is thus in breach of paragraph 8(b) of the Code."
8. Significant concern about lobbying
of Members, and about lobbying by Members, has been expressed
in the media in recent times. This concern is reflected in the
GRECO report, which recommends "that the Codes of Conduct
and the guidance for both the Commons and the Lords be reviewed
in order to ensure that the Members of both Houses (and their
staff) have appropriate standards/guidance for dealing with lobbyists
and others whose intent is to sway public policy on behalf of
The matter was also addressed in a recent report from the Committee
on Standards in Public Life on lobbying.
We believe that Members would welcome a statement of principles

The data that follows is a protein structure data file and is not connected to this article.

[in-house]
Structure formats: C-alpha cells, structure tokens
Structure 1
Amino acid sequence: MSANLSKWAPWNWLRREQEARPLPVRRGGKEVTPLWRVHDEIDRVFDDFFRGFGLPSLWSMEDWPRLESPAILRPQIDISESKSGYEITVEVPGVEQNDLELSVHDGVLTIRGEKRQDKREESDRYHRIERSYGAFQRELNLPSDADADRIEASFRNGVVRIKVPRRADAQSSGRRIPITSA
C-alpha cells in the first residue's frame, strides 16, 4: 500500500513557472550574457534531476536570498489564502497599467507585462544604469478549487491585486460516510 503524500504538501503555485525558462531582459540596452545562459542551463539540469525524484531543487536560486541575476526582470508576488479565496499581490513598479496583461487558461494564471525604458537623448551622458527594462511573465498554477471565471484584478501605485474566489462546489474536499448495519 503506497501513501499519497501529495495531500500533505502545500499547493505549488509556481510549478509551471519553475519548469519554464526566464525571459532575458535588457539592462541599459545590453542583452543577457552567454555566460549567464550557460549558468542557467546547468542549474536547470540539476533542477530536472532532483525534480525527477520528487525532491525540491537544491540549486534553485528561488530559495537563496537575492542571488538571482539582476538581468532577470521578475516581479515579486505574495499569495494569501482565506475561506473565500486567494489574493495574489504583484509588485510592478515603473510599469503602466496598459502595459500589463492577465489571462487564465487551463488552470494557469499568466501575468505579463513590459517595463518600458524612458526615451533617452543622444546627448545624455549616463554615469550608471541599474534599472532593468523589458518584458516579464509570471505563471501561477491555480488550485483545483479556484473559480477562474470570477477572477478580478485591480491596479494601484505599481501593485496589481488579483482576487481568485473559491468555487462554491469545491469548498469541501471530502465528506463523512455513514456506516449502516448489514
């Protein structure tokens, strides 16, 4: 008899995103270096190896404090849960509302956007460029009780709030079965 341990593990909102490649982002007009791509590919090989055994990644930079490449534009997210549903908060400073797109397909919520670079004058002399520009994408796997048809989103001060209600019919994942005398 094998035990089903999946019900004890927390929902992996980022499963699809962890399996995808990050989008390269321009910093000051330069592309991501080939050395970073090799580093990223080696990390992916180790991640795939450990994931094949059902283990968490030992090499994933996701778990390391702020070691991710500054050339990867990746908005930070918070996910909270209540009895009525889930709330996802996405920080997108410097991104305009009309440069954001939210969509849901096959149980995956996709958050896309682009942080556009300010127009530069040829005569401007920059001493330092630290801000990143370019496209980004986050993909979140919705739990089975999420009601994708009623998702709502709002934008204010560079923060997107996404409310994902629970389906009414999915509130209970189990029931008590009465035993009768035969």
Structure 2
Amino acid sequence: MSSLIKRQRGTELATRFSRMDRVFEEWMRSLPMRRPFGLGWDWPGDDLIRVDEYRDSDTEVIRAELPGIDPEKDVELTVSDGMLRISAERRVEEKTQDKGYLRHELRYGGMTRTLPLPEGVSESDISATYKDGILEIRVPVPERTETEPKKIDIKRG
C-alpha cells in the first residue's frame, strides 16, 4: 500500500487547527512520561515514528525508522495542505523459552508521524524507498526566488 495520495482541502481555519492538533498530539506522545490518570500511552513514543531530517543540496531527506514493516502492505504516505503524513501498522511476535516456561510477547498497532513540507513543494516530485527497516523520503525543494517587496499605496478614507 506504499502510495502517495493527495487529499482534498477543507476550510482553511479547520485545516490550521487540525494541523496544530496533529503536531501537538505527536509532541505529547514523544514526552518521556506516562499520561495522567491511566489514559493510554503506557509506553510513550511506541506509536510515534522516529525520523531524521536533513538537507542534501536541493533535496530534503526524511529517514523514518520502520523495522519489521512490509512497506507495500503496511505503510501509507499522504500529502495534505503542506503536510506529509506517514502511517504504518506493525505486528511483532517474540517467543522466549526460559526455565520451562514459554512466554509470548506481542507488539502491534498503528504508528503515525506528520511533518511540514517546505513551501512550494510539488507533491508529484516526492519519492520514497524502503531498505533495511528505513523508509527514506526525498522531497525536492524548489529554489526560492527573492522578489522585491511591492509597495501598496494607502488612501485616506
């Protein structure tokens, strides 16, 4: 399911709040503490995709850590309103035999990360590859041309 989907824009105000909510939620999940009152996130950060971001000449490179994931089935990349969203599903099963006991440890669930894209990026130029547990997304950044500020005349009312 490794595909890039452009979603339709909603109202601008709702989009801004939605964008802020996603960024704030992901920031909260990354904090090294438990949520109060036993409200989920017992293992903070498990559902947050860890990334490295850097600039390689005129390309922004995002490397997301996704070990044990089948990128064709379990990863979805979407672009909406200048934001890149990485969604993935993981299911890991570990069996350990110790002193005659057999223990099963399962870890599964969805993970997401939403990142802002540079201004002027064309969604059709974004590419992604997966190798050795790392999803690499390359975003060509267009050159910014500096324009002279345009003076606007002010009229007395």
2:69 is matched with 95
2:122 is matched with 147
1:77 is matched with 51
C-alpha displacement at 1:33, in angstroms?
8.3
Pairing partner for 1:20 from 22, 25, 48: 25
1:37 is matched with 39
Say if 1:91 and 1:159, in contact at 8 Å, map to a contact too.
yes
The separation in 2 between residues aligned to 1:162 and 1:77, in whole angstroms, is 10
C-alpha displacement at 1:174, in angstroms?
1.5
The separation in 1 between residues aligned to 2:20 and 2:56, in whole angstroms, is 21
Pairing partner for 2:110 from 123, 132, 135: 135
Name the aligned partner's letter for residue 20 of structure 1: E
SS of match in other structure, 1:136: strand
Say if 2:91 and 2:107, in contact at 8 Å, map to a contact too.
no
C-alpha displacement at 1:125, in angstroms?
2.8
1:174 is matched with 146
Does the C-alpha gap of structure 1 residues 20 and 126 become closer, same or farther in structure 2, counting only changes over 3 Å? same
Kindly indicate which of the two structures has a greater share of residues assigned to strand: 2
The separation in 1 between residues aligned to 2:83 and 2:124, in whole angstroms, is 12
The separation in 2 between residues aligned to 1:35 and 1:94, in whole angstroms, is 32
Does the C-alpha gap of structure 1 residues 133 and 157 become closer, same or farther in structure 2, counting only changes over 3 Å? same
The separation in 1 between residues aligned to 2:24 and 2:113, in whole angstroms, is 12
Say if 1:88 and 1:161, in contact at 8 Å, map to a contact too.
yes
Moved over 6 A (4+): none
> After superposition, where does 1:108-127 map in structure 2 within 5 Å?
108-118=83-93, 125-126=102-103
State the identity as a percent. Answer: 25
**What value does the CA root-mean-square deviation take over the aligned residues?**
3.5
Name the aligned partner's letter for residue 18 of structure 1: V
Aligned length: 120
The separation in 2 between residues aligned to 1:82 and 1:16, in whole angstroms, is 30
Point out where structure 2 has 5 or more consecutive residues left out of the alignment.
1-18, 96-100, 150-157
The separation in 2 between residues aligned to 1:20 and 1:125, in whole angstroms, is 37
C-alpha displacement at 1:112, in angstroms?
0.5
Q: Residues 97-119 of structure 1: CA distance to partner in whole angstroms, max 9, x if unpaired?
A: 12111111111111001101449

on how to deal with lobbyists. We therefore recommend that
the following paragraphs should be inserted in the Guide to the
Code after paragraph 30:
"Dealing with lobbyists
30A The Committee on Standards in
Public Life has concluded that lobbying has an important part
to play in securing "the democratic right to make representations
to government and to have access to the policymaking process [which]
is fundamental to the proper conduct of public life and the development
of sound policy."
Many organisations play an important role in informing members
of the House of Lords. However, some lobbying can give rise to
a suspicion of improper influence over Parliament. Members must
have regard to such public perceptions. Members' dealings with